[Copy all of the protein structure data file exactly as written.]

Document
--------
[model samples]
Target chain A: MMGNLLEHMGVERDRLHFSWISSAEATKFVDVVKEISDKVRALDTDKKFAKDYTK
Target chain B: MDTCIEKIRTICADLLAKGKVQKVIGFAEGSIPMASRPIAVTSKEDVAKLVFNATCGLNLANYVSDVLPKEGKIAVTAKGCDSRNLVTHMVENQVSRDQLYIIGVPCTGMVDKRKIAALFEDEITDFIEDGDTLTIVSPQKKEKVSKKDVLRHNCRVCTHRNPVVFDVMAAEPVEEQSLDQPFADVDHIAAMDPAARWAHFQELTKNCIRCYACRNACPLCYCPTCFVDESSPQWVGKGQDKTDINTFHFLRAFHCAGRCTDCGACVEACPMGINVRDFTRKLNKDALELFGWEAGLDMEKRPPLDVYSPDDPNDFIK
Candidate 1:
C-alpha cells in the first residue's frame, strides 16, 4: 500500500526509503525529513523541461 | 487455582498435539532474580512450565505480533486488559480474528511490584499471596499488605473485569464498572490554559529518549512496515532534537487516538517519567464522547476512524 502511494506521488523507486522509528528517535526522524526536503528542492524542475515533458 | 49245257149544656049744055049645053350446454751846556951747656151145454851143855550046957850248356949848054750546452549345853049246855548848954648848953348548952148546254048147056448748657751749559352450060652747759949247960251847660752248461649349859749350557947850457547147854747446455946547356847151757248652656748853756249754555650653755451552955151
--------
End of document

[model samples]
Target chain A: MMGNLLEHMGVERDRLHFSWISSAEATKFVDVVKEISDKVRALDTDKKFAKDYTK
Target chain B: MDTCIEKIRTICADLLAKGKVQKVIGFAEGSIPMASRPIAVTSKEDVAKLVFNATCGLNLANYVSDVLPKEGKIAVTAKGCDSRNLVTHMVENQVSRDQLYIIGVPCTGMVDKRKIAALFEDEITDFIEDGDTLTIVSPQKKEKVSKKDVLRHNCRVCTHRNPVVFDVMAAEPVEEQSLDQPFADVDHIAAMDPAARWAHFQELTKNCIRCYACRNACPLCYCPTCFVDESSPQWVGKGQDKTDINTFHFLRAFHCAGRCTDCGACVEACPMGINVRDFTRKLNKDALELFGWEAGLDMEKRPPLDVYSPDDPNDFIK
Candidate 1:
C-alpha cells in the first residue's frame, strides 16, 4: 500500500526509503525529513523541461 | 487455582498435539532474580512450565505480533486488559480474528511490584499471596499488605473485569464498572490554559529518549512496515532534537487516538517519567464522547476512524 502511494506521488523507486522509528528517535526522524526536503528542492524542475515533458 | 49245257149544656049744055049645053350446454751846556951747656151145454851143855550046957850248356949848054750546452549345853049246855548848954648848953348548952148546254048147056448748657751749559352450060652747759949247960251847660752248461649349859749350557947850457547147854747446455946547356847151757248652656748853756249754555650653755451552955151